The mechanisms controlling Egr1 expression in skeletal muscles are barely known. Studies in human muscle cells in culture suggests Egr1 induction occurs during muscle spindle formation by neuregulin, a heparin sulfate proteoglycan secreted by motor and sensor neurons in the neuromuscular junction [43]. A better understanding of the mechanism controlling Egr1 expression by mechanical stretch will allow defining proper interventions to prevent the deleterious effects of oxidative stress on muscle function at old ages.

Conclusions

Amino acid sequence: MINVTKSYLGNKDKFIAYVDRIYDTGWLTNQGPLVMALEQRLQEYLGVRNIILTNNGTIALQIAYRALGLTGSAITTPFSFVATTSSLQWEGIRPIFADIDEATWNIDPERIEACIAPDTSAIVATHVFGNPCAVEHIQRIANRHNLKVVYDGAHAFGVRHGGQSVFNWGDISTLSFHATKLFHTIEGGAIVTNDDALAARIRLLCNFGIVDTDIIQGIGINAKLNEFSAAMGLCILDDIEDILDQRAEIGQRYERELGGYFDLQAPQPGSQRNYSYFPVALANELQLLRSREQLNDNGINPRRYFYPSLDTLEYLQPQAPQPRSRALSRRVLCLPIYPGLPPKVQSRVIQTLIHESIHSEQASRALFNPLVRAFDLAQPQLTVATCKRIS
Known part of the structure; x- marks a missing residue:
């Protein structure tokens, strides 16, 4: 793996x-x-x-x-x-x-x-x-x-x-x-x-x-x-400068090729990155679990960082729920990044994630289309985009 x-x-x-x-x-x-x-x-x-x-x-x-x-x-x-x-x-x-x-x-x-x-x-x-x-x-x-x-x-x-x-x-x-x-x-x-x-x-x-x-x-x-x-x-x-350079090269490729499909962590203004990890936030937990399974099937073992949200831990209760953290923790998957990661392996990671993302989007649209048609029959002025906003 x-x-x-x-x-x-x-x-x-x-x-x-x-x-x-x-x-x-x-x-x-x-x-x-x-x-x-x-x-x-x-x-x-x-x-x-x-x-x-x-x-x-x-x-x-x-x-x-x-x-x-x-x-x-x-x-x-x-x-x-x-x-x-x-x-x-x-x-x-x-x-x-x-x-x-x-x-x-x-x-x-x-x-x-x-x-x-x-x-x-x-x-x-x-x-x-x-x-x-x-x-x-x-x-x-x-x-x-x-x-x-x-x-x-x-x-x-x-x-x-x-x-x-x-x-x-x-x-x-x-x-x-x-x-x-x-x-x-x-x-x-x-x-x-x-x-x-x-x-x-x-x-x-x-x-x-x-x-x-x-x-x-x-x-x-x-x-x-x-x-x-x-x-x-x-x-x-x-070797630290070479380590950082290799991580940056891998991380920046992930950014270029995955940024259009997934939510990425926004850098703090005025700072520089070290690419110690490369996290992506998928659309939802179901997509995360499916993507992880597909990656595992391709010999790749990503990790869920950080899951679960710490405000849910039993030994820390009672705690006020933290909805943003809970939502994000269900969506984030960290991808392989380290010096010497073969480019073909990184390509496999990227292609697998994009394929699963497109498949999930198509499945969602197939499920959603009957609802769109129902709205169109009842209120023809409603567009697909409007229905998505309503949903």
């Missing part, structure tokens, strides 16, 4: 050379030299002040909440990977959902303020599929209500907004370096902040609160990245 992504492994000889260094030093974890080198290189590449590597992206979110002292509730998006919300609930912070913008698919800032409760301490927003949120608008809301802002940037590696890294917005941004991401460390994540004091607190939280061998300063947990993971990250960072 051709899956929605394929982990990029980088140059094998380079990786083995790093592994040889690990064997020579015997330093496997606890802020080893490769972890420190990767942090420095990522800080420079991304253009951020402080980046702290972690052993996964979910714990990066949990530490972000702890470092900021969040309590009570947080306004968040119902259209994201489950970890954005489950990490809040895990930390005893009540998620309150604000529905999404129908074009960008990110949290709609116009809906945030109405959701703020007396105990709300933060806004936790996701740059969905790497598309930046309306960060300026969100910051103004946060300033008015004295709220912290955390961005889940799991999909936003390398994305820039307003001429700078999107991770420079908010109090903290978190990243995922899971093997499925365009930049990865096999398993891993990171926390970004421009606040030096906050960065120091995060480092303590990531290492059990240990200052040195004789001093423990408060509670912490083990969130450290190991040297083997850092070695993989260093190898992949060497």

A decrease in motor function and the loss of the ability to regenerate or built muscle after injury are the two most relevant features of skeletal muscles aging. The roles played by Sirt1 in these two aspects are somewhat contradictory. Young mice treated with the Sirt1 activators, resveratrol and SRT1720, showed increased motor function [14,44] and a positive effect on muscle performance of the senescence accelerated mice SAMP1 by resveratrol treatment has been recently proven [45]. However, studies perform in vitro indicates that Sirt1, though promotes proliferation of myoblasts precursors [8], delays further maturation into myotubes [6,7] suggesting an overall negative impact on muscle repair. In this context, to be able to promote Sirt1 expression at the right moment appears to be crucial to improve motor function without impeding muscle formation. Interestingly, the stretch-dependent induction of Sirt1 by Egr1 is a transient mechanism which is shut down as a result of Sirt1 increased expression [23]. Thus, Egr1 emerges as a proper target that provides a way to increase Sirt1 levels during a short period and benefits from its effects on muscle adaptation to stress.